Advanced Biofuels: Suspended in Bureaucratic Animation
Tuesday, July 22, 2014
By Michael McAdams, President, Advanced Biofuels Association
Originally posted in BiofuelsDigest
For months the biofuels industry has focused on the EPAâ€™s issuance of the 2014 Renewable Volume Obligations (RVOâ€™s). Lobbying has been furious and consistent from all the various stakeholder groups that are impacted by the final numbers. It is expected that the final rule will be issued in mid to late September.
But, beyond the RVO numbers, not much has been said about this Administrationâ€™s inability to execute on its mandated task to review and approve new pathways under the RFS for feedstocks, technologies and types of fuels. Yes, indisputably, the various RVO numbers are important to the advanced and cellulosic industry; however, it is even more important for EPA to approve our companies for inclusion under the RFS program promptly.
Over the last four years, numerous advanced and cellulosic biofuel producers have applied for pathways under in the RFS program, which would allow them to compete on a level playing field with those already approved. As of this writing, 37 proposed pathways are pending final approval according to EPAâ€™s website, and more are lining up to apply. By delaying these companies participation in the RFS, EPA has put them at risk in the short-term and removed potential sustainable gallons to be counted towards the RVO targets.
EPA sets new barriers to entry for fuels such as algae biofuels and renewable diesel
In addition to not approving pending pathways, EPA has also taken it upon itself to impose new barriers to entry into the RFS by creating distinctions within feedstock definitions and limitations on production of renewable oilâ€™s into the final transportation fuels. For example, EPA currently is denying coverage to renewable fuels that result from renewable feedstocks, such as algae, processed at one location into a renewable oil or distillate and then finished into the final transportation fuel, e.g., renewable diesel, at another facility. Nowhere in the law will you find this type of guidance or direction from Congress. It is also fair to observe that EPA does not require collocation of processed soy bean oil production centers and biodiesel processing centers.
EPA attempts to justify such positions because of the threat of double counting the RINâ€™s, between the renewable oil, such as algal oil, and the final transportation fuel, heating oil or jet fuel. It disregards the many safeguards imbedded in the RFS rules to prevent against such fraud, including the numerous controls already required for the industry found in the newly released Quality Assurance Program. This imposes a standard on renewable oils that has never existed for crude oil from all around the world. Such regulatory positions create unnecessary barriers to entry, lower the number of gallons of renewable fuels produced and reduces the types of renewable feedstocks available for the creation of more environmentally friendly fuels, while protecting the already advantaged incumbent technologies.
Although our industry has waited two years, we should give EPA credit for finishing, at least partially, the â€śPathways II Ruleâ€ť before releasing the RVOâ€™s. Sadly, however, EPA removed many of the pathways that were originally slated for inclusion in Pathways II, vaguely stating, after years of delay, that â€śthe Agency is deferring a final decision on these matters until a later time.â€ť For instance, EPA removed language that would have allowed [renewable] butanol to be added to gasoline with ethanol in it while still complying with the Clean Air Act.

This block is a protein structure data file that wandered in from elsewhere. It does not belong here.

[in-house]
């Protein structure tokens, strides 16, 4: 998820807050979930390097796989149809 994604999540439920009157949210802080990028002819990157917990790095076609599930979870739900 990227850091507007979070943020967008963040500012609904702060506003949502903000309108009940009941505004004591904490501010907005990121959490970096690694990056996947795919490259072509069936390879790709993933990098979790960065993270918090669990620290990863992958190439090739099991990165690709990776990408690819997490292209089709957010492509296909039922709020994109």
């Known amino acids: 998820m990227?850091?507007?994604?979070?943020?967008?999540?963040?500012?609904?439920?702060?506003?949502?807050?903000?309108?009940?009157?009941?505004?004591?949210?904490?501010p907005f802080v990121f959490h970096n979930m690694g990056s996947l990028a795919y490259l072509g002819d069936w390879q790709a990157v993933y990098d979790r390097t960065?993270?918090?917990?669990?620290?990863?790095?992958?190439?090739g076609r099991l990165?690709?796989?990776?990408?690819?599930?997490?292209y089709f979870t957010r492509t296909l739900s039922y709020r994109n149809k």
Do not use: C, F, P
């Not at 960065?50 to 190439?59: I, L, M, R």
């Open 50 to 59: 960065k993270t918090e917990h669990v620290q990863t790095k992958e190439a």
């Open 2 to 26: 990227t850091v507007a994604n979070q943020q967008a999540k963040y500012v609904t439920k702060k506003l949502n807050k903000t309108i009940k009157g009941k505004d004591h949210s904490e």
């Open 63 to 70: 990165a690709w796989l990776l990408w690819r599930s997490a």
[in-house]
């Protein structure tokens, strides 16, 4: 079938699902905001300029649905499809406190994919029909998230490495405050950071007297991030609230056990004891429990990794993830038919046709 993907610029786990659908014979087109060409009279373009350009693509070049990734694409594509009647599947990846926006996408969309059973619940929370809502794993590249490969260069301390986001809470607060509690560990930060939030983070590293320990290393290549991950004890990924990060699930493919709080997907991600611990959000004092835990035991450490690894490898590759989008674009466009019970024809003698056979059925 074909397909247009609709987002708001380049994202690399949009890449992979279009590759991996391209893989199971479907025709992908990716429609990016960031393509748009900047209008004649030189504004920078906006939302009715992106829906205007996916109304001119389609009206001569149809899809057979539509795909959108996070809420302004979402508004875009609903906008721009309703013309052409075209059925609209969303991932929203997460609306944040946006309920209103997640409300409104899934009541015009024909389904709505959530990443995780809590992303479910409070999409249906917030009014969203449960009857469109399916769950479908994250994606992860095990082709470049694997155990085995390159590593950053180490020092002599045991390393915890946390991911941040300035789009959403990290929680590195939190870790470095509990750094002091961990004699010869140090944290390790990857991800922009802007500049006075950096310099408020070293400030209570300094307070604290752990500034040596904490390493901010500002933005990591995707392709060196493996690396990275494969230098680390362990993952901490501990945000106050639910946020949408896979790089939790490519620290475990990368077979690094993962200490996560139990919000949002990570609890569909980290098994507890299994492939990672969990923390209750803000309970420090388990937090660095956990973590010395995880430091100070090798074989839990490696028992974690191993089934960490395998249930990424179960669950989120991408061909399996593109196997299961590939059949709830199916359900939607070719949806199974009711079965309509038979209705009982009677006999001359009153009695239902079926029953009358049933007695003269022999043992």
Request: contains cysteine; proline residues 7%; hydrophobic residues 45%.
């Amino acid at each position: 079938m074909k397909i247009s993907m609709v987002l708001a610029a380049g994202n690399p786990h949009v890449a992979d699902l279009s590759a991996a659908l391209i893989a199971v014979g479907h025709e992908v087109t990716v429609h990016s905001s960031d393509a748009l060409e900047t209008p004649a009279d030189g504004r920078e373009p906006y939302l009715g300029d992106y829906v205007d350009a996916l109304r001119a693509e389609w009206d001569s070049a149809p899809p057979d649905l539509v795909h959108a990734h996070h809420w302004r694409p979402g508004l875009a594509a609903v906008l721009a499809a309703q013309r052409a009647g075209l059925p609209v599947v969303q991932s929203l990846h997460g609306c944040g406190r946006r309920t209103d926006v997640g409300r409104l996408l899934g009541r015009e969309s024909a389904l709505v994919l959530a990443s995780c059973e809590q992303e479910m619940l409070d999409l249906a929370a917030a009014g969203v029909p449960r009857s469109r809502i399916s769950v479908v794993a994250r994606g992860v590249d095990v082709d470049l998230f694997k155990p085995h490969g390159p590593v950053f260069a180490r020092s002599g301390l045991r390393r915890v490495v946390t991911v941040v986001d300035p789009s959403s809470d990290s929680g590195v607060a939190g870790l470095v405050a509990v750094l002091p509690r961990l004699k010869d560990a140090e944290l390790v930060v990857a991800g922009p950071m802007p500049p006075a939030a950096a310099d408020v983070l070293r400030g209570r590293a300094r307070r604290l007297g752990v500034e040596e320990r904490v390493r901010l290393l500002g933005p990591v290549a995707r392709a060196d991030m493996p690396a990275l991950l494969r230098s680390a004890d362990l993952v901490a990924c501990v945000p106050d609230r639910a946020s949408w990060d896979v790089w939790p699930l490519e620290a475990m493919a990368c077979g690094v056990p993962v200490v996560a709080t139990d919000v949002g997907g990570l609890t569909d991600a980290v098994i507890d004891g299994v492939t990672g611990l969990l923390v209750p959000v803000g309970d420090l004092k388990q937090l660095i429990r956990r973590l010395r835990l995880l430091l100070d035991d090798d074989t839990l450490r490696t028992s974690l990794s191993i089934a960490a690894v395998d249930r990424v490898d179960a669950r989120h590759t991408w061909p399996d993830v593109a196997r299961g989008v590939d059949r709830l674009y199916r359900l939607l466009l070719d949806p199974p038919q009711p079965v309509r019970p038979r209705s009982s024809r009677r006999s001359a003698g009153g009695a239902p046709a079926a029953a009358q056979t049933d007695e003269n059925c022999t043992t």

The wait continues for important clarifications
As a result of this limited rule, the wait continues for many in the advanced and cellulosic biofuels industry for important clarifications, like: whether the wood they use from the tree from the actively managed forest is available for use as a feedstock; or whether a biogenic oil or fatty acid is a waste or not a waste; whether it requires its own life cycle analysis from what ever tree or plant it comes in order to qualify. Of course all of these new fuels must meet the magic 50 percent or 60 percent GHG reduction thresholds, including indirect land use, in order to comply with the program. It seems, however, that â€śwe have lost site of the forest through the trees.â€ť It is hard to believe that â€“ over four years into the program â€“ we donâ€™t have a lifecycle analysis for the upstream portion of a planted tree that allows perfectly usable tree residues/wastes to qualify as a feedstock under the program.
A better system needed
Surely we can develop a better pathway system to assist in the development of this industry. I want to applaud EPA for recognizing this in March, citing their intention to revise the pathway process. We encourage them to look at the TSCA program for chemical registration which has a rigorous process and time line but makes final determinations far more expeditiously. In the end, EPA must demonstrate leadership and drive this process expeditiously by making clear, timely well reasoned decisions so that this industry may move forward. Punting on the tough choices wonâ€™t get the job done and will further stall and injure the advanced industry.
The advanced and cellulosic biofuel industry stands ready to continue to work constructively with EPA to solve these impasses. Without resolution, a damp blanket will weigh on our ability to finance the plants of the future and produce the variety of sustainable gallons that Congress envisioned when passing the RFS. With all of the current turmoil around the world, now is the time to do everything we can to deliver a diverse set of options for the production of advanced and cellulosic biofuels and all the jobs they would create in the United States.